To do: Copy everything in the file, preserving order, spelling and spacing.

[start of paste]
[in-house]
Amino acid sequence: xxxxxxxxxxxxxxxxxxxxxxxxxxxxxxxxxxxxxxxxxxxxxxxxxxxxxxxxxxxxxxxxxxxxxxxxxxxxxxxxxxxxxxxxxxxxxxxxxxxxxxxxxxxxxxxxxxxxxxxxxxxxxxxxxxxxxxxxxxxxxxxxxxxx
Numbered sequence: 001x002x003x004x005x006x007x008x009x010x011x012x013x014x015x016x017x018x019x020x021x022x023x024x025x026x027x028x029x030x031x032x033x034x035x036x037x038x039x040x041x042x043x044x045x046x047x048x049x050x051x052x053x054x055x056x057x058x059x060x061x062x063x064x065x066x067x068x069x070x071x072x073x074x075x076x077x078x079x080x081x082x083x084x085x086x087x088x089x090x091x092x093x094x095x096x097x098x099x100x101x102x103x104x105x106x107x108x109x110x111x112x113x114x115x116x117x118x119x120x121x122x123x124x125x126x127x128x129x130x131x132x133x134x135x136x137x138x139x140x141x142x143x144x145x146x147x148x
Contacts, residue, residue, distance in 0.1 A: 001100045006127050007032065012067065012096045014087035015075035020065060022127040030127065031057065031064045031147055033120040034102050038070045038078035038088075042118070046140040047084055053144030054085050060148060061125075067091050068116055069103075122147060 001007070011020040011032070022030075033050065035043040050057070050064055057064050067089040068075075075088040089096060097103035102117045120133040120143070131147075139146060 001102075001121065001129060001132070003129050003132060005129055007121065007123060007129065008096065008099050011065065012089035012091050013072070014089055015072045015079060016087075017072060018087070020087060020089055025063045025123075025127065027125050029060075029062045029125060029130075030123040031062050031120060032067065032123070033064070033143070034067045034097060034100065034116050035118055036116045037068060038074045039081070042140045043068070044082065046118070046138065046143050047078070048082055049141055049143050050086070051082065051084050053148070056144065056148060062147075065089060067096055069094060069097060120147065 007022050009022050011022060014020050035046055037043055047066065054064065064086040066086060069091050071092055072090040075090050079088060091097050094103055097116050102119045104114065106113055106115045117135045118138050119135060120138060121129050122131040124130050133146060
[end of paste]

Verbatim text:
[in-house]
Amino acid sequence: xxxxxxxxxxxxxxxxxxxxxxxxxxxxxxxxxxxxxxxxxxxxxxxxxxxxxxxxxxxxxxxxxxxxxxxxxxxxxxxxxxxxxxxxxxxxxxxxxxxxxxxxxxxxxxxxxxxxxxxxxxxxxxxxxxxxxxxxxxxxxxxxxxxx
Numbered sequence: 001x002x003x004x005x006x007x008x009x010x011x012x013x014x015x016x017x018x019x020x021x022x023x024x025x026x027x028x029x030x031x032x033x034x035x036x037x038x039x040x041x042x043x044x045x046x047x048x049x050x051x052x053x054x055x056x057x058x059x060x061x062x063x064x065x066x067x068x069x070x071x072x073x074x075x076x077x078x079x080x081x082x083x084x085x086x087x088x089x090x091x092x093x094x095x096x097x098x099x100x101x102x103x104x105x106x107x108x109x110x111x112x113x114x115x116x117x118x119x120x121x122x123x124x125x126x127x128x129x130x131x132x133x134x135x136x137x138x139x140x141x142x143x144x145x146x147x148x
Contacts, residue, residue, distance in 0.1 A: 001100045006127050007032065012067065012096045014087035015075035020065060022127040030127065031057065031064045031147055033120040034102050038070045038078035038088075042118070046140040047084055053144030054085050060148060061125075067091050068116055069103075122147060 001007070011020040011032070022030075033050065035043040050057070050064055057064050067089040068075075075088040089096060097103035102117045120133040120143070131147075139146060 001102075001121065001129060001132070003129050003132060005129055007121065007123060007129065008096065008099050011065065012089035012091050013072070014089055015072045015079060016087075017072060018087070020087060020089055025063045025123075025127065027125050029060075029062045029125060029130075030123040031062050031120060032067065032123070033064070033143070034067045034097060034100065034116050035118055036116045037068060038074045039081070042140045043068070044082065046118070046138065046143050047078070048082055049141055049143050050086070051082065051084050053148070056144065056148060062147075065089060067096055069094060069097060120147065 007022050009022050011022060014020050035046055037043055047066065054064065064086040066086060069091050071092055072090040075090050079088060091097050094103055097116050102119045104114065106113055106115045117135045118138050119135060120138060121129050122131040124130050133146060